Objectives: Routinely used performance status scales, assessing patients' suitability for cancer treatment, have limited ability to account for multimorbidity, frailty and cognition. The Clinical Frailty Scale (CFS) is a suggested alternative, but research detailing its use in oncology is limited. This study aims to evaluate if CFS is associated with prognosis and care needs on discharge in oncology inpatients.
Methods: We evaluated a large, single-centre cohort study in this research. CFS was recorded for adult inpatients at a Regional Cancer Centre. The associations between CFS, age, tumour type, discharge destination and care requirements and survival were evaluated.
Results and conclusions: A total of 676 patients were included in the study. Levels of frailty were high (Median CFS 6, 81.8% scored ≥5) and CFS correlated with performance status (R = 0.13: P = 0.047). Patients who were frail (CFS ≥ 5) were less likely to be discharged home (62.9%) compared with those who were not classed as frail (86.1%) (OR 3.6 [95%CI 2.1 to 6.3]: P < 0.001). Higher CFS was significantly associated with poorer prognosis in all ages. Solid organ malignancy (hazard ratio [HR] 2.60 [95%CI 2.05-3.32]) and CFS (HR 1.43 [95%CI 1.29-1.59]; P < 0.001) were independently associated with poorer survival. This study demonstrated that CFS may help predict prognosis in adult oncology inpatients of any age. This may aid informed shared decision-making in this setting. Future work should establish if routine CFS measurement can aid the appropriate prescription of systemic therapy and enable early conversations about discharge planning.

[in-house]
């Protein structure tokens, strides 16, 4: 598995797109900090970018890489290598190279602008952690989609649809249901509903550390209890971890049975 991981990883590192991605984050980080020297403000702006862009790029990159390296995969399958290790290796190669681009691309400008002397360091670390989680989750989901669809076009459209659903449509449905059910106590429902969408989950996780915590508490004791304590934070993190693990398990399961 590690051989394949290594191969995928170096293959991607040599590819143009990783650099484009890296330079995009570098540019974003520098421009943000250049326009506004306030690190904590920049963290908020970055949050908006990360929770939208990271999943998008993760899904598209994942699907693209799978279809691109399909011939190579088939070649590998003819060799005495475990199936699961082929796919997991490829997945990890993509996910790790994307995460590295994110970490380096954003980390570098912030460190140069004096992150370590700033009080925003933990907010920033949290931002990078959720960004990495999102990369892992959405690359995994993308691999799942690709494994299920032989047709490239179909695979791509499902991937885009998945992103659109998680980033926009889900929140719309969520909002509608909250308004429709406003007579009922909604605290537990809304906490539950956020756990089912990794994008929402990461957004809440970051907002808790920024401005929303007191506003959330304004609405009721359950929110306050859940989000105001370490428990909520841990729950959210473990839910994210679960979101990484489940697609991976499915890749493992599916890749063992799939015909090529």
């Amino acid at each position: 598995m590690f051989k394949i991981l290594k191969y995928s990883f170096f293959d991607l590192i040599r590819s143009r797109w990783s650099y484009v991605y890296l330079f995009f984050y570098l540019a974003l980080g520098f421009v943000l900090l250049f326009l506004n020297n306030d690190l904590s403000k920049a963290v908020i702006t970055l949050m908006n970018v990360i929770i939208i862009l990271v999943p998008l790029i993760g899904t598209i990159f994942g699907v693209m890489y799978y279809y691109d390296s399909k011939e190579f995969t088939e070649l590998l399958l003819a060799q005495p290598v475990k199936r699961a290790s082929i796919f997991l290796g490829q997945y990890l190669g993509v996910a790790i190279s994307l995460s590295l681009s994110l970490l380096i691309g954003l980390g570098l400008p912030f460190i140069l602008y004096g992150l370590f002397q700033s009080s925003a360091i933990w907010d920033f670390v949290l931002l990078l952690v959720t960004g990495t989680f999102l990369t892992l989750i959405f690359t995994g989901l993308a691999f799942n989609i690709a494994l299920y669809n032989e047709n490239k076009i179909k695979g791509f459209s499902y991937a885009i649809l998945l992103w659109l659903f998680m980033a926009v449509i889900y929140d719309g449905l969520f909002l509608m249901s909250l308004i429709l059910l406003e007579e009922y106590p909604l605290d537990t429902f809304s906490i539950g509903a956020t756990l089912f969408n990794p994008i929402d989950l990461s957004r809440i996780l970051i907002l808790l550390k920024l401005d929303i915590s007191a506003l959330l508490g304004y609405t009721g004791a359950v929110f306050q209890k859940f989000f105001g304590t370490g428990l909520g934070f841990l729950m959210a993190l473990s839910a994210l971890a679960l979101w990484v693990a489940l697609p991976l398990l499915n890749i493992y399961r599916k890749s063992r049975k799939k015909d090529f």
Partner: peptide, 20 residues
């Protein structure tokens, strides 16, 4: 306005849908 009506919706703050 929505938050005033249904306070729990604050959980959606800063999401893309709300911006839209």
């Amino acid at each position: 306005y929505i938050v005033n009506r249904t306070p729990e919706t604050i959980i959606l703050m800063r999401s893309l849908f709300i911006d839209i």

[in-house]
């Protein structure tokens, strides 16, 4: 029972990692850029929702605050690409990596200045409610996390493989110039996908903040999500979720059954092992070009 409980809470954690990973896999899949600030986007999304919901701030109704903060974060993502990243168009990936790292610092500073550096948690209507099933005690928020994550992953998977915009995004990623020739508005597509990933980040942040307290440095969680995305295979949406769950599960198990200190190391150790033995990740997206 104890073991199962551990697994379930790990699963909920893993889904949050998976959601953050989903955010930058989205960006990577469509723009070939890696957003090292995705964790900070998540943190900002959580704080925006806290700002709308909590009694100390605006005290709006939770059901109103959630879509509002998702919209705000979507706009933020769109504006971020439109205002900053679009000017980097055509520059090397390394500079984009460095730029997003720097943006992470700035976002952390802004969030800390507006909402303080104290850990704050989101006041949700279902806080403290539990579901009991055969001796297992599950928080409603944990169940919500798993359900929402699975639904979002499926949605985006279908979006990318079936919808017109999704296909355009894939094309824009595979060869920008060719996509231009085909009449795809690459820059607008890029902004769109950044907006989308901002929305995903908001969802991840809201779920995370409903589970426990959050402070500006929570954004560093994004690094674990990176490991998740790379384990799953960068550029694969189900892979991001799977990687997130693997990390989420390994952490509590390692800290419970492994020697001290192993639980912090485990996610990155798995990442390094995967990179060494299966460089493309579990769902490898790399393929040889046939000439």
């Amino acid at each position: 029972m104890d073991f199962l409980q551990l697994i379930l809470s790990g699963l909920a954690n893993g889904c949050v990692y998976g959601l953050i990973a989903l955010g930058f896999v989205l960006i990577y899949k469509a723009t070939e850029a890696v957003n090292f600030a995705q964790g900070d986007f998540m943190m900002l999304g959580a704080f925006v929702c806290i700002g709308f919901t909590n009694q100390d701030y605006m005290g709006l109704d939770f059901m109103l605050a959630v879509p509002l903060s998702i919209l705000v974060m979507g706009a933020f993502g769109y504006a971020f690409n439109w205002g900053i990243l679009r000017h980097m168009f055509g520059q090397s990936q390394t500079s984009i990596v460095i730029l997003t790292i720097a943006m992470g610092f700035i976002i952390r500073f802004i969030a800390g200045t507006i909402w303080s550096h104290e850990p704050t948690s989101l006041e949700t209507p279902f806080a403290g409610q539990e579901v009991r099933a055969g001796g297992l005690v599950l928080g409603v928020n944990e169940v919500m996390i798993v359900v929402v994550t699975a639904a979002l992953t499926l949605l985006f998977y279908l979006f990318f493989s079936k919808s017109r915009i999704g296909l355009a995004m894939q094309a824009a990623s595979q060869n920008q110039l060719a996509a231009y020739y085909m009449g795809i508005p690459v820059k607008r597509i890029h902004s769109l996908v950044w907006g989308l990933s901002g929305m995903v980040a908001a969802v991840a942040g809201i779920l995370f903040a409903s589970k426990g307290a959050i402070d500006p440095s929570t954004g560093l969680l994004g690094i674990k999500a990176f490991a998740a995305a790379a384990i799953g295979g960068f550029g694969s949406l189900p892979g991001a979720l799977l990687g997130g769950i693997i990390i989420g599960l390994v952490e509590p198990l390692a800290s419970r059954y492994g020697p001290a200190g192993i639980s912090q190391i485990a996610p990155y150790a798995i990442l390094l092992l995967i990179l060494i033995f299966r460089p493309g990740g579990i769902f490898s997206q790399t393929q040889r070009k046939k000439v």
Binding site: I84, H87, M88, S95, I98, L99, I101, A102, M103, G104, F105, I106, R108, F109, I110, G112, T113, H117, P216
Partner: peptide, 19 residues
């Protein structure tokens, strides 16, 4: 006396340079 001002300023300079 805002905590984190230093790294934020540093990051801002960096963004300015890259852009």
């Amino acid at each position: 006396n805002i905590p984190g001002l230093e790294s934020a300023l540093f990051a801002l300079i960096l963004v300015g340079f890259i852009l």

Keywords: allied health personnel; cancer; frailty; palliative care; patient discharge; prognosis.
© 2022 The Authors. European Journal of Cancer Care published by John Wiley & Sons Ltd.